He and Ascione knew that in the existing twelve academies, both the playing and coaching talent were spread too thin. They picked the best 130 under 18 players and concentrated them into four regional academies, along with the best possible staff. At under 20s level this was whittled down to the top 35 in one academy. All of this was residential, with the players getting the best possible input five days a week.

The rest is history – and while these academies’ players are still in the system Italy will have an even brighter future.


It’s important to remember what Italy did and didn’t do. They didn’t spend lots of money on the professional game, trying to take on bigger codes, increase their top tier footprint through the country or pay lots of elite players. Losing players is a fact of life for them – Head of Grassroots rugby Daniele Pacini recently reported that Italy had lost 40% of its 13-17 year olds.

In fact they didn’t waste time on changing the professional structure because that wasn’t where the battle could be won. Instead they focused their time and money where it could make the most impact.


Those academies cost just €400,000 ($A662,000) each per annum, a fraction of the cost of an extra top tier club. Likewise, their focus on grassroots rugby paid off, broadening the base of their pyramid as their academies raised the potential apex. As a result, even their two professional clubs have improved, with Benetton winning the Pro 14 Rainbow Cup, getting second in the Scottish/Italian Shield and making the semi final of the European Challenge Cup.

I’m not saying for a moment that Australia should go back to two top tier teams. What I’m saying is that we write so many articles (myself included) and debate so much about how to change the professional club structure while ignoring the parts of the pyramid that can positively impact everything.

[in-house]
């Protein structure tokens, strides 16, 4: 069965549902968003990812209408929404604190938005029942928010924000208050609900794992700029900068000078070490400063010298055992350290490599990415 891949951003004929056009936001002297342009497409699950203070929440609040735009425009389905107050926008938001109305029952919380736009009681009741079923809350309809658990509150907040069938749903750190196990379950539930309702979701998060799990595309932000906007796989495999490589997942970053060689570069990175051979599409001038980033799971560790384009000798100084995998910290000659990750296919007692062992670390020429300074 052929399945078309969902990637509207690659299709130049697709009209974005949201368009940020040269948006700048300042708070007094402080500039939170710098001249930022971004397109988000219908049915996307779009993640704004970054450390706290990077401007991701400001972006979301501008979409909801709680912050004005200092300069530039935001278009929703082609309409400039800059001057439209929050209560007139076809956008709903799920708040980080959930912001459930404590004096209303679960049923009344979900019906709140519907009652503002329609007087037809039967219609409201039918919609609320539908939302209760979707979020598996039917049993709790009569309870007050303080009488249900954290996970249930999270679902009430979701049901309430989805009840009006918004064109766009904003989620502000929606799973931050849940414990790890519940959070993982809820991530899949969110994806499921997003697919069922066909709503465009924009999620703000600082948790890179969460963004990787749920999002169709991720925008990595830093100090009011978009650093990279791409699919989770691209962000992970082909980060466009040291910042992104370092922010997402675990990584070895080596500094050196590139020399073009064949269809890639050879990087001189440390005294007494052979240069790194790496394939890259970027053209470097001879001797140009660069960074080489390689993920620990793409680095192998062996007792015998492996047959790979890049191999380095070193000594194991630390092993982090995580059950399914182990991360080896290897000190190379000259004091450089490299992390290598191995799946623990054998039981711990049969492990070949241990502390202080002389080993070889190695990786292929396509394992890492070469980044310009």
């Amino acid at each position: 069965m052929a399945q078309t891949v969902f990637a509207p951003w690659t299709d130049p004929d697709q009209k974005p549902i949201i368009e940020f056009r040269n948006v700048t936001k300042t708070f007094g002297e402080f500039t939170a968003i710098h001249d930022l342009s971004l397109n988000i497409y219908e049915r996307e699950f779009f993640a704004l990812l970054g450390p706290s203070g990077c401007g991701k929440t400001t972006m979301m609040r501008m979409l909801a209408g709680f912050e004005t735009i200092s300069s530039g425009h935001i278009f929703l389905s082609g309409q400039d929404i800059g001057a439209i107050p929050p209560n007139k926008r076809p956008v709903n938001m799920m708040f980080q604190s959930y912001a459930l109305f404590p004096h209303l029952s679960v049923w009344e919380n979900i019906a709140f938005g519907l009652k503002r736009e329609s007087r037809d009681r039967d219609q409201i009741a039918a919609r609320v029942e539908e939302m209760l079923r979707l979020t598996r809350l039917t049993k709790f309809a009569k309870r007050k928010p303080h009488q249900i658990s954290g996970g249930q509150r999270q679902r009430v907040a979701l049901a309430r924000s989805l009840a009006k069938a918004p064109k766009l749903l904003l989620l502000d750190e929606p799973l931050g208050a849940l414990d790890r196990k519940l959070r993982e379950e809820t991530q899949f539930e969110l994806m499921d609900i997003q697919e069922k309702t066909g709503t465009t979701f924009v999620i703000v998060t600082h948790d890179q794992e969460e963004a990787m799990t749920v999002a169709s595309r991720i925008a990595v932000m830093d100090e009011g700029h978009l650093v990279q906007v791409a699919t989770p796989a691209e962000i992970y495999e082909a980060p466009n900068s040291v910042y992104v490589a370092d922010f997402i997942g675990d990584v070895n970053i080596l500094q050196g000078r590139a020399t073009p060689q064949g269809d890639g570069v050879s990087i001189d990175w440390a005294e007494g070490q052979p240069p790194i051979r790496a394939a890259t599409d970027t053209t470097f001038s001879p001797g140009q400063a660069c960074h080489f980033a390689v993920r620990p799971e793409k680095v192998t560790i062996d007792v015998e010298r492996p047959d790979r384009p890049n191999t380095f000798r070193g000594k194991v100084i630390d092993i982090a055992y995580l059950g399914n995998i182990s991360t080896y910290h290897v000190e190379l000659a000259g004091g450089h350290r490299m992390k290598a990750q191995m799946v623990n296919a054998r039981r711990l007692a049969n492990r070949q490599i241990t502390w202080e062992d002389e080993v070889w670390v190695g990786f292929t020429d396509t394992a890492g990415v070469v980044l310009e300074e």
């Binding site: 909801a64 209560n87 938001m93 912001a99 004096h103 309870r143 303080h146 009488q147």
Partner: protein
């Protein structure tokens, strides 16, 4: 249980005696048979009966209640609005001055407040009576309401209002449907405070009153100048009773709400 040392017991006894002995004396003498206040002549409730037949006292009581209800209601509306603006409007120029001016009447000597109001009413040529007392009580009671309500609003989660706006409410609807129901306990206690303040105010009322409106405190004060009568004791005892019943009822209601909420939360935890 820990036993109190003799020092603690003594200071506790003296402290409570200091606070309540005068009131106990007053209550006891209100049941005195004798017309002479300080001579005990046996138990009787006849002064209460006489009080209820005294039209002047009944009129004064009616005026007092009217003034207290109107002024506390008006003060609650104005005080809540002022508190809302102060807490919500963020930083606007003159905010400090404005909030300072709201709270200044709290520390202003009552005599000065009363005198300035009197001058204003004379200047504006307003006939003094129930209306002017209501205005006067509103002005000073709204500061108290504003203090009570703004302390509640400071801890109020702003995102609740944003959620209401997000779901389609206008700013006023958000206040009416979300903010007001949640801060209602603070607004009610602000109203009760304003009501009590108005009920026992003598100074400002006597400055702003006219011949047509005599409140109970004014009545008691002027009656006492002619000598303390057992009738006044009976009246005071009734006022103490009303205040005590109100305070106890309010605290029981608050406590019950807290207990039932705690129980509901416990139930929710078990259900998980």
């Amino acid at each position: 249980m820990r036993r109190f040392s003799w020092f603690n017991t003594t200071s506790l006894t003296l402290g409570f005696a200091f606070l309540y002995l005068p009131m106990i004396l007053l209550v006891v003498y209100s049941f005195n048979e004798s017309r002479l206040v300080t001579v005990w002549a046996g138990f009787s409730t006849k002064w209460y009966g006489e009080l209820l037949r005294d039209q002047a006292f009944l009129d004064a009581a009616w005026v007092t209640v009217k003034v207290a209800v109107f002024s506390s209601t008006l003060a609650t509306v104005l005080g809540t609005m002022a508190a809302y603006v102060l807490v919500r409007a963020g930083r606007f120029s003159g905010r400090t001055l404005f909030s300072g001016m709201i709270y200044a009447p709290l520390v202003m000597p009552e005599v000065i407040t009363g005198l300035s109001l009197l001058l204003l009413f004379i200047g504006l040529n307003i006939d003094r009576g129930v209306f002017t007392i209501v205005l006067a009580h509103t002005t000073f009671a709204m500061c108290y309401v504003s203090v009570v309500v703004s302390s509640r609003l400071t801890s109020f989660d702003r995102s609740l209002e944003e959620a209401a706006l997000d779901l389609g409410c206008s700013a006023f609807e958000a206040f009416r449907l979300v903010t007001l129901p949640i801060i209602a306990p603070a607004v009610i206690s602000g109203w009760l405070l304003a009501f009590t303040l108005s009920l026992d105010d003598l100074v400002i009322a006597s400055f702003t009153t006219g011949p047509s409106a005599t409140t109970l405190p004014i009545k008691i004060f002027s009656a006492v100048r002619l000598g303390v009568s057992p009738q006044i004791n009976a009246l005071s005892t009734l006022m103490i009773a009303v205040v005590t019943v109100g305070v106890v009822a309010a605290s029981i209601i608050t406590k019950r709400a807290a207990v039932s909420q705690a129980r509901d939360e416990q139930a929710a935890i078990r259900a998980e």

You can get game-changing transformation without the cost, if you invest in grassroots and employ high quality systems and people in your youth development, while maintaining the quality of a small number of top tier clubs. If Italy on such a meagre budget and minority domestic following can improve this much, then so can Australia.

I’m hopeful that Rugby Australia has taken the first steps in the right direction after decades of poor priorities, although I’m still concerned that there is too much that is left to the states instead of being centralised. Horne, Nuciafora and Schmidt are great appointments, while the recent review has some sensible recommendations such as:
• “…A national high performance and leadership strategy that prioritises development and acquisition of technical experts and Rugby leaders.”
• “…A customised national approach to leadership development across coaches, players, staff and executive.”
• “…An integrated model to optimise performance across Super Rugby and national teams.”
These are long haul priorities that will take years to bear fruit at Test level, but we’ve seen where decades of quick fixes and short term appointments has taken Australian rugby. It’s time to follow a path that has succeeded in such different countries as Ireland and Italy.


Gavazzi died in 2022 and was replaced by a new president whose power base is in the second tier clubs that Aboud had been warned would never change. Aboud and Crowley have been let go and the academy system dismantled. Players and staff are now dispersed in multiple academies attached to these clubs and simply don’t get anywhere near the same quality or quantity of contact time.


In a way it’s perhaps reminiscent of what happened when John O’Neill was in charge of the ARU, sacking Dick Marks, disbanding his structures and decentralising control to the states. We know how that went.

According to Aboud “I would say now that the under 20 squad that’s currently playing is probably lacking 50 per cent of the opportunity to develop that their predecessors had. And within two years, it will be 100 per cent…. The attitude was there, the commitment was there, but the precision and effectiveness wasn’t.”

Aboud is now the High Performance Director at Rugby Canada and it will be fascinating to see whether that nation improves over the next ten years… and what happens in Italy when the young players he developed start to retire.

“I always use the analogy of wine makers and wine drinkers. If you’re busy drinking wine and not making it, you’re going to run out of bottles.”